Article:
Adhesive on timber can be a renovator’s nightmare, especially if the adhesive is old carpet glue stuck to a wooden floor you want to revive. Whatever method you use, it’s a messy and time-consuming job, but the secret is to use the right products and equipment, otherwise it will take even longer. If you want to remove adhesive tape and still retain the existing finish (varnish, polyurethane and so on), use a commercial adhesive remover. To remove old floor-covering adhesive (from carpets and cork tiles for example) the easiest solvent to use is paint stripper, as it rips through adhesive and softens it up in no time.
Things You'll Need
- Proprietary adhesive remover
- Paint scraper
- Square-ended spade (optional)
- Paint stripper
- Soft cloths
- Fine sandpaper (140+ grit)
- Safety equipment
Scrape off as much adhesive as possible, using a paint scraper. The most effective scrapers are those with sharp replaceable blades. Drag the scraper towards you rather than pushing it away from you to prevent gouging or splintering the wood. For large chunks of adhesive such as old carpet glue on floorboards, with bits of underlay or cork tiles still stuck to it, use a square-ended spade, pushing into the edge of the adhesive at a shallow angle (just above horizontal) so you get in between the adhesive and the wood. Be careful not to damage the wood under the adhesive by gouging.
Apply a proprietary adhesive remover to small areas where you want to retain the existing finish. Follow manufacturer’s instructions for how long to leave on, how to remove and how to neutralize (usually with soap and water).
Apply paint stripper to the adhesive in situations where the existing finish will be replaced. For example, if you are renovating an old floor that has old carpet glue or cork-tile adhesive attached, you will need to refinish the surface as the adhesive will probably have damaged the finish. Work on a small area at a time, applying stripper with a paint brush, until you get used to the amount of stripper required and the time it takes to soften the adhesive. The stripper will work faster on adhesive than on layers of paint so it may not need to be left on as long or applied as thickly.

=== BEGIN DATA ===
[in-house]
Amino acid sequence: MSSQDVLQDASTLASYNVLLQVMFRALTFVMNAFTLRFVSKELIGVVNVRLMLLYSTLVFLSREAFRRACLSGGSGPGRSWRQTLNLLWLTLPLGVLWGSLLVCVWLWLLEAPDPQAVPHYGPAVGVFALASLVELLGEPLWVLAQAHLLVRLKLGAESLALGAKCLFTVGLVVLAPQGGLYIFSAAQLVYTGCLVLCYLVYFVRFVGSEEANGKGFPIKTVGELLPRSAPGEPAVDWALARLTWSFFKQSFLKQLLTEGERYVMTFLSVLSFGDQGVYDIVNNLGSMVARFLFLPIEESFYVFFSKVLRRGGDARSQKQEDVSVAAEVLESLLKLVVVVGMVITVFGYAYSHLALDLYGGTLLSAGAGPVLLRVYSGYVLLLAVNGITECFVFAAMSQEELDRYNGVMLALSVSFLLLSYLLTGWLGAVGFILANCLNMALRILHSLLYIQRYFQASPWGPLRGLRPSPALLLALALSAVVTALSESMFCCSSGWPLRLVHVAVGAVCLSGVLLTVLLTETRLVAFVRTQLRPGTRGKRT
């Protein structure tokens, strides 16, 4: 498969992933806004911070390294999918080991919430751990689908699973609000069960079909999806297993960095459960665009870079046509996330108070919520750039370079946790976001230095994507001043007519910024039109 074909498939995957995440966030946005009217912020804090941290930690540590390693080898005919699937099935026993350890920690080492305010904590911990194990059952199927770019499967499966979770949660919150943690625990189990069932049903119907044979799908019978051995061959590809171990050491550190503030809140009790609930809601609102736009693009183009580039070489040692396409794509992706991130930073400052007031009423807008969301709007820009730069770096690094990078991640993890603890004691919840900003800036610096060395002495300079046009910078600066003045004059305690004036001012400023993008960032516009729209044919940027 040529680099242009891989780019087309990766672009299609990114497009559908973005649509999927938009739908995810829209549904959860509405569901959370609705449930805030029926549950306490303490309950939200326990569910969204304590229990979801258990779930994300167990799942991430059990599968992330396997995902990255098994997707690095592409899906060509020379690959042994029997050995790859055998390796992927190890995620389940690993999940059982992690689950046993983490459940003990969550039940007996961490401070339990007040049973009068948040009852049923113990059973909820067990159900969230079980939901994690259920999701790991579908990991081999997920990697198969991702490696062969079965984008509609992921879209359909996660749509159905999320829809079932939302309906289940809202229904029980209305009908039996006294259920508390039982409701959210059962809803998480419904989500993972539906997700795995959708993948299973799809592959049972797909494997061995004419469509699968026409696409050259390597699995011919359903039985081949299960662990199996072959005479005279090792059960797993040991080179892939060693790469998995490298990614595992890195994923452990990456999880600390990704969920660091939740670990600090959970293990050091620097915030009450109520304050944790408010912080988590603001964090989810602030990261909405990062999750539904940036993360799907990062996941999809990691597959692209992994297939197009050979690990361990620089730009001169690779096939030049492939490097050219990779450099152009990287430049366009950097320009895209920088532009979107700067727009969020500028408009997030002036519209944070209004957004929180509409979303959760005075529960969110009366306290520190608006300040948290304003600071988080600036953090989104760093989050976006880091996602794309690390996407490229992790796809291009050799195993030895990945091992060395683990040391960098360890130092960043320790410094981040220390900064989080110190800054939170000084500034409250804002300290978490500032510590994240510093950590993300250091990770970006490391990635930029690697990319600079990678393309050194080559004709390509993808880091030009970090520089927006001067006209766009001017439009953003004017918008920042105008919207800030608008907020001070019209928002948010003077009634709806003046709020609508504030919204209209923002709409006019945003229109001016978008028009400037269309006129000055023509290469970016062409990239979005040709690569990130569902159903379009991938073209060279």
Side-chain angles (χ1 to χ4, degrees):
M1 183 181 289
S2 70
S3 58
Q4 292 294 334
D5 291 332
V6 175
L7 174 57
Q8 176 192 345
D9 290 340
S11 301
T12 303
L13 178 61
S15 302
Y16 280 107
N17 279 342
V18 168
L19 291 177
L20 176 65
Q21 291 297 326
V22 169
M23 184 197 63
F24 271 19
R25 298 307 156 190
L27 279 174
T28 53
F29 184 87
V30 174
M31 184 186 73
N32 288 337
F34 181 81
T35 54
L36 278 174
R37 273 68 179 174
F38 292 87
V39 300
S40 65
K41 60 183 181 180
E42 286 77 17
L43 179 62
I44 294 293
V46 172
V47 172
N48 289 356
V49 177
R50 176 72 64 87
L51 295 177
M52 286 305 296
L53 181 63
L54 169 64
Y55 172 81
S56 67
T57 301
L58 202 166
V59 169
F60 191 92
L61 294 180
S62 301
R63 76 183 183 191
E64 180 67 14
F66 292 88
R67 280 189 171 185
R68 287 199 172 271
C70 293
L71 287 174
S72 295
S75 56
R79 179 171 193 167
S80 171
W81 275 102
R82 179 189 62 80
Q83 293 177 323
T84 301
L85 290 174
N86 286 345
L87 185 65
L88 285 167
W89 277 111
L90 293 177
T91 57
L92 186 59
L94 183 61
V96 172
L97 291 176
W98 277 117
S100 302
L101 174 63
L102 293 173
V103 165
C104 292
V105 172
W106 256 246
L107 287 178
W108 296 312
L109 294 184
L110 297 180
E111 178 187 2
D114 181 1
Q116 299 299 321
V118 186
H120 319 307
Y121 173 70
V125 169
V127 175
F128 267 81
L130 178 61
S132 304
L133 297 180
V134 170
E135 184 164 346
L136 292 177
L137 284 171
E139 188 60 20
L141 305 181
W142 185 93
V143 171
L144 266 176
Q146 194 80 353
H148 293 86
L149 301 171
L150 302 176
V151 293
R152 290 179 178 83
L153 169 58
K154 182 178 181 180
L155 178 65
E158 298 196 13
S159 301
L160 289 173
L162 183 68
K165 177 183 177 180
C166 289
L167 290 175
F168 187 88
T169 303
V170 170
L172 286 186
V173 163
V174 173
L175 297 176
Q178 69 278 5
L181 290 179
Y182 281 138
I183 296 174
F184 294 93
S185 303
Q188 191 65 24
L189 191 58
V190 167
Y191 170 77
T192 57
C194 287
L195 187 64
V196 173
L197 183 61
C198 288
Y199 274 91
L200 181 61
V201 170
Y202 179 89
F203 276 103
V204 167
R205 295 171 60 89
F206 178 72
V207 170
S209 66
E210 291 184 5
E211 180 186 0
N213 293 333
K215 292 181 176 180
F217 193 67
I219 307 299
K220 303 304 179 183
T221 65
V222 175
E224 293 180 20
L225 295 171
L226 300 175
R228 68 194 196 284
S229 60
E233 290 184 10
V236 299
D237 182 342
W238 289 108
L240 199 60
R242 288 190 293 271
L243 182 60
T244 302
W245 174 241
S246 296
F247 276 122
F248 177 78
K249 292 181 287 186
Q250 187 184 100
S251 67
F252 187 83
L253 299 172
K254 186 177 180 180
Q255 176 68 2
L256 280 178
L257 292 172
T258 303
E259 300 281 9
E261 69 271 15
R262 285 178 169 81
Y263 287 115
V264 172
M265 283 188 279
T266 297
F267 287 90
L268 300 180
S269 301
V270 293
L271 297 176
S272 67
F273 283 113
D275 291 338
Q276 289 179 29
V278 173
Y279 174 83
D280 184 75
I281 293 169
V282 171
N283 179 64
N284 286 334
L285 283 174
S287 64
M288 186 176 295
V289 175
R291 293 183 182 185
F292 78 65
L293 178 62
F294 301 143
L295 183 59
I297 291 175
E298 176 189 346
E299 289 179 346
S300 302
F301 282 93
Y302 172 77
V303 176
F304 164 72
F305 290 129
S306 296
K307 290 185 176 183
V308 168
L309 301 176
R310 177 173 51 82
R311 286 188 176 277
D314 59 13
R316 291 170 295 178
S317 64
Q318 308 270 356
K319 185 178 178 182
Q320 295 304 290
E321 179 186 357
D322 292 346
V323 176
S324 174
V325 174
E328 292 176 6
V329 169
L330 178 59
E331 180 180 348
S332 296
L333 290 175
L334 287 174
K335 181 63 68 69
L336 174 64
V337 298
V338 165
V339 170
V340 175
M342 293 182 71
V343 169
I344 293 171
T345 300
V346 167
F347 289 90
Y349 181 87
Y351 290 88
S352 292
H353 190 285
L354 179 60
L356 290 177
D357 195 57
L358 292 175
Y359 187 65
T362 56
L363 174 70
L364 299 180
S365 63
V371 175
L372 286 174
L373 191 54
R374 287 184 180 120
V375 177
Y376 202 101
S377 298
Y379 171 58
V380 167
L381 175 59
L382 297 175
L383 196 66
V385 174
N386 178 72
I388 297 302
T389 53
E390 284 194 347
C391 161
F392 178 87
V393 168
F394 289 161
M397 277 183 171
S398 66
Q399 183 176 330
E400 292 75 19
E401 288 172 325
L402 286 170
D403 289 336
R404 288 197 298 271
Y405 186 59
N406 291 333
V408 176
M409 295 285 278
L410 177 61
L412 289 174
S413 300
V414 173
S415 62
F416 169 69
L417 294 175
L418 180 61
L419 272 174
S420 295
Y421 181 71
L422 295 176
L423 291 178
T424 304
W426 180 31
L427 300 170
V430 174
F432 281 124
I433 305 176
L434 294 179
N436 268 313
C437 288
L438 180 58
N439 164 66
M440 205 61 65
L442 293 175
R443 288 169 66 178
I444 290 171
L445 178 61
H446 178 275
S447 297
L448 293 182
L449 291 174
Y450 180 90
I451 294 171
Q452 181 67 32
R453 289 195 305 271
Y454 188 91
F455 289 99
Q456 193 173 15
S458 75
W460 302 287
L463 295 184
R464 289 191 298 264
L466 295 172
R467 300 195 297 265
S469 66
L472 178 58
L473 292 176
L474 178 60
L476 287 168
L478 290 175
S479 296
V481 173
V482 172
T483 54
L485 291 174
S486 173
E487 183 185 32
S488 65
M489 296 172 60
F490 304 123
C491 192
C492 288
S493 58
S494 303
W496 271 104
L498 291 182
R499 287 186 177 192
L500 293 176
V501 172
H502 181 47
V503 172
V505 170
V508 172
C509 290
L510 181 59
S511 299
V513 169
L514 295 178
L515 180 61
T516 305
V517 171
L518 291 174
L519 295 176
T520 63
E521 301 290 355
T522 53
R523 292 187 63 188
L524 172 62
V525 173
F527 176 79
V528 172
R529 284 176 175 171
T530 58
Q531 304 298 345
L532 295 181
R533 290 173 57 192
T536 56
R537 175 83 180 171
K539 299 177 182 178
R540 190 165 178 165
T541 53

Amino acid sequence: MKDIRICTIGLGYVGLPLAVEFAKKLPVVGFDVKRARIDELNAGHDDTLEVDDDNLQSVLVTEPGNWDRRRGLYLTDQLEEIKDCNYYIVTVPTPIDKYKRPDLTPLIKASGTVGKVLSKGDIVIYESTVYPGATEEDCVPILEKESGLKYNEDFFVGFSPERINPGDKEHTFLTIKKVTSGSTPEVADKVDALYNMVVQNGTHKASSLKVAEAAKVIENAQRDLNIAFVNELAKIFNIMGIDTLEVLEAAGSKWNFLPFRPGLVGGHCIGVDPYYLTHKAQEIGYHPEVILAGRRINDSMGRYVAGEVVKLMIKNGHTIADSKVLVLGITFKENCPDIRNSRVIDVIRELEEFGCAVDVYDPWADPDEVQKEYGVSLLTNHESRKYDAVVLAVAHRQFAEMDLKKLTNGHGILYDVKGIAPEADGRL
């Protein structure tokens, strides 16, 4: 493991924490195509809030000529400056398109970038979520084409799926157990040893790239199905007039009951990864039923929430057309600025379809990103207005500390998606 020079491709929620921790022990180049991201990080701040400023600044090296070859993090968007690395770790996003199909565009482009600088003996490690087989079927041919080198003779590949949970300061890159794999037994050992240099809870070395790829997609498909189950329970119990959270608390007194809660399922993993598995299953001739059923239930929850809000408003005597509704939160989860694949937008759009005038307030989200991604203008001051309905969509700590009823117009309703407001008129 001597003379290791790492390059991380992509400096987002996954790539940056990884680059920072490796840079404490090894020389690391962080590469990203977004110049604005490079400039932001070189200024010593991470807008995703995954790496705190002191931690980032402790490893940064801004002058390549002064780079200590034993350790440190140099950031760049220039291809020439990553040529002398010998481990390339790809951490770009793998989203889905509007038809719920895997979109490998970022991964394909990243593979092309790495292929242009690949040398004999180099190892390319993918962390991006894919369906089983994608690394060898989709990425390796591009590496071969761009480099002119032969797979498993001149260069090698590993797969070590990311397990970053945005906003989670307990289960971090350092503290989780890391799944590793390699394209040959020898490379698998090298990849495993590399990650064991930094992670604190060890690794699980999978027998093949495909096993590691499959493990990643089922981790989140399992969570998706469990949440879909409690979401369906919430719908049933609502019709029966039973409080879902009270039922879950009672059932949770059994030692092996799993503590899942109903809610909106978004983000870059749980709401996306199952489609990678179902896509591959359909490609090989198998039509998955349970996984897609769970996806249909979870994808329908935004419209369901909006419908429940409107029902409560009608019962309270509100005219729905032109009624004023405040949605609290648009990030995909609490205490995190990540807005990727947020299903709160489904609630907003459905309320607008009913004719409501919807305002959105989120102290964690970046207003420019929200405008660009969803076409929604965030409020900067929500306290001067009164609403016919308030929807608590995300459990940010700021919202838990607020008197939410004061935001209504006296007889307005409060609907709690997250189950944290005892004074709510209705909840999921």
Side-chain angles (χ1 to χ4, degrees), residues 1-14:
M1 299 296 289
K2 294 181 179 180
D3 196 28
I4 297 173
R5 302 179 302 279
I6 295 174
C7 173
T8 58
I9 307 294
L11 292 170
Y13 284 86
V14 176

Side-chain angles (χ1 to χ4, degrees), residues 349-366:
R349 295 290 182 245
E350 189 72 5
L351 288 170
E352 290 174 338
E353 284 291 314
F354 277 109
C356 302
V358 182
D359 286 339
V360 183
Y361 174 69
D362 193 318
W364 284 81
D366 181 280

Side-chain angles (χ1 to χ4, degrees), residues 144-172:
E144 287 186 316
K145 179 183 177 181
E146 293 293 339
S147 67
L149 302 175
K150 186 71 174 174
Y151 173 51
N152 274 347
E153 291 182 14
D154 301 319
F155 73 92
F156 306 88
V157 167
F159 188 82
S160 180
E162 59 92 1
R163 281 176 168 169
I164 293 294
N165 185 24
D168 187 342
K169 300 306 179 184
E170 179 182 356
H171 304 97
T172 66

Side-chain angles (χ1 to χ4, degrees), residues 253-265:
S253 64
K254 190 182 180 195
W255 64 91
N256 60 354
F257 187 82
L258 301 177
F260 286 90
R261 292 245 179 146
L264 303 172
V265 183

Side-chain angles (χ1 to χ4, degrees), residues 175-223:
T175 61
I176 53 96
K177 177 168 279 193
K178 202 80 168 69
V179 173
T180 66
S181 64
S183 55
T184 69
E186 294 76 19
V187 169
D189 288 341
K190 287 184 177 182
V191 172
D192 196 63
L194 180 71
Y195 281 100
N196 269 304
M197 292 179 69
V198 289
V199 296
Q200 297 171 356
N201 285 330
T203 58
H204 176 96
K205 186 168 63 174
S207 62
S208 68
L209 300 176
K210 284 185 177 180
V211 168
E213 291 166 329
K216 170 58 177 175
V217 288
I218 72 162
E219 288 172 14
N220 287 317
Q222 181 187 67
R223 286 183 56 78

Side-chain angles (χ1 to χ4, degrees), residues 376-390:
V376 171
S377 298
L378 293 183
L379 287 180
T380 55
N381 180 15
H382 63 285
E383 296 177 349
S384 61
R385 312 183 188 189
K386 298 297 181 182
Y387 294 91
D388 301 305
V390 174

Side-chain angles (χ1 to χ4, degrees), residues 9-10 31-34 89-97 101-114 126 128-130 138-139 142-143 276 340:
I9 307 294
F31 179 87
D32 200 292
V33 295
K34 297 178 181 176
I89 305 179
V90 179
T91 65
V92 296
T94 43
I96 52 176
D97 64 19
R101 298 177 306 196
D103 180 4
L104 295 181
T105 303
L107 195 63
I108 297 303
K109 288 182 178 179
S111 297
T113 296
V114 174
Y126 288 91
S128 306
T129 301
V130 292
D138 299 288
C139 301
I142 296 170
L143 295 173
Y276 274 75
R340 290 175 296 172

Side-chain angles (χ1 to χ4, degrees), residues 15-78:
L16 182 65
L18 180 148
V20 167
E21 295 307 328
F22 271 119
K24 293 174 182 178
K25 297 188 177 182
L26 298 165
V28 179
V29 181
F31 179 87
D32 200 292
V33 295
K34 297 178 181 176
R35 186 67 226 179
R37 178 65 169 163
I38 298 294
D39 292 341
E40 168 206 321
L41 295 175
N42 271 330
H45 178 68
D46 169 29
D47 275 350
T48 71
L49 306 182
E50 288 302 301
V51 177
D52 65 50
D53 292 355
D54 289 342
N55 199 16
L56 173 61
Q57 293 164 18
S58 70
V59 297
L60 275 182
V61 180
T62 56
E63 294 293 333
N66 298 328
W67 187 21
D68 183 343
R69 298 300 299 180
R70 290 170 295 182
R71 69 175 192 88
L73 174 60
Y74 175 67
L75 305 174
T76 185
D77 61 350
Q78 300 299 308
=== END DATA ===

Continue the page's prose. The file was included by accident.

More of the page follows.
Scrape off stripper and old adhesive with a paint scraper or wide putty knife when the adhesive is soft. Wipe "gunk" onto old newspaper. Before the residue dries, wipe the timber with a neutralizer (follow manufacturer’s instructions, but this is usually soapy water). Sand lightly with fine sandpaper, sanding with the grain of the wood.
Tips & Warnings
- When using the paint stripper, test a small piece first to see how long it takes to work. To make the stripper go further, scrape the stripper and old adhesive off along the wood instead of removing it and reuse it on the next stretch of timber. You can keep doing this until the stripper becomes a thick paste.
- For very large areas, such as a large floor, use a drum sander or a sturdy belt sander with coarse sandpaper (40 to 60 grit). The sandpaper will clog up more quickly so be prepared to change the sanding belt frequently. Start by sanding diagonally across the floor to remove uneven bits, and finish by sanding with the grain. Then sand with a medium sandpaper with the grain, and finish with a fine sandpaper with the grain.
- Adhesive can also be removed with a heat gun. Be careful not to scorch the wood, and always scrape up the residue as you go along or it will harden and be difficult to remove.
- Wear safety equipment when working with power tools such as a sander, and with paint stripper: safety goggles, rubber gloves, sturdy footwear, ear protectors, respirator (to protect against sanding dust and for chemical fumes) and clothing to protect arms and legs from splashes of stripper.
- If paint stripper gets on your skin you may not notice it at the time but it sticks and will start to burn. Wash off immediately with plenty of soap and water.
- “The Ultimate Home Design Sourcebook”; Anoop Parikh, Debora Robertson, Thomas Lane, Elizabeth Hilliard, Melanie Paine; 1998
- Photo Credit wood image by photazz from Fotolia.com
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